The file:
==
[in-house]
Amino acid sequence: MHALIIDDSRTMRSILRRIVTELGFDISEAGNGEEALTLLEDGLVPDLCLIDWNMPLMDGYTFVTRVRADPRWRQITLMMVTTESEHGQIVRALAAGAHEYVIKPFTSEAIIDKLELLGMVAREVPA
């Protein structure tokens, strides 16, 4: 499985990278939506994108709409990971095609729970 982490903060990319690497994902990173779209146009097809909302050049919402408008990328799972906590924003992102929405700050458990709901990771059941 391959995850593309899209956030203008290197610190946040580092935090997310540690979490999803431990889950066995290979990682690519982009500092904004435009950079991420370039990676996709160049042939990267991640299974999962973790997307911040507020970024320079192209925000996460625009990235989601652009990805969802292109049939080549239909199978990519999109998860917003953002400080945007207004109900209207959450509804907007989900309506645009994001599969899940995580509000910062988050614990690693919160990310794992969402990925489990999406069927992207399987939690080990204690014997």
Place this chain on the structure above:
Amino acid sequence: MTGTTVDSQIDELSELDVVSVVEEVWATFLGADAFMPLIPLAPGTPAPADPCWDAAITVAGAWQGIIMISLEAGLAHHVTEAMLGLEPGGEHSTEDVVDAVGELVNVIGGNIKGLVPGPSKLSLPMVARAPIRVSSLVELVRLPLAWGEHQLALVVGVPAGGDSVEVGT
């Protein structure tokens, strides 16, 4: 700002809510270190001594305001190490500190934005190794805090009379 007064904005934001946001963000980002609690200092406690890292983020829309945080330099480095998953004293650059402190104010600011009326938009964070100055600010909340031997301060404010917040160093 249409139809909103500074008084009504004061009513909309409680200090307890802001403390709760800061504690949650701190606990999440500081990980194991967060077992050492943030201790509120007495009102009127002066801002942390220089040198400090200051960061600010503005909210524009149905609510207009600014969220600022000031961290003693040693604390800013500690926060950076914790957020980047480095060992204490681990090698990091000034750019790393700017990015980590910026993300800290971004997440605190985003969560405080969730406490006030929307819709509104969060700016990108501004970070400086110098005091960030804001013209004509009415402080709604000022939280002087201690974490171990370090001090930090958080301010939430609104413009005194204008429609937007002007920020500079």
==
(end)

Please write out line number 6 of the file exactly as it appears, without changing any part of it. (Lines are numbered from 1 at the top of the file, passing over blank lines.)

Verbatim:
């Protein structure tokens, strides 16, 4: 700002809510270190001594305001190490500190934005190794805090009379 007064904005934001946001963000980002609690200092406690890292983020829309945080330099480095998953004293650059402190104010600011009326938009964070100055600010909340031997301060404010917040160093 249409139809909103500074008084009504004061009513909309409680200090307890802001403390709760800061504690949650701190606990999440500081990980194991967060077992050492943030201790509120007495009102009127002066801002942390220089040198400090200051960061600010503005909210524009149905609510207009600014969220600022000031961290003693040693604390800013500690926060950076914790957020980047480095060992204490681990090698990091000034750019790393700017990015980590910026993300800290971004997440605190985003969560405080969730406490006030929307819709509104969060700016990108501004970070400086110098005091960030804001013209004509009415402080709604000022939280002087201690974490171990370090001090930090958080301010939430609104413009005194204008429609937007002007920020500079």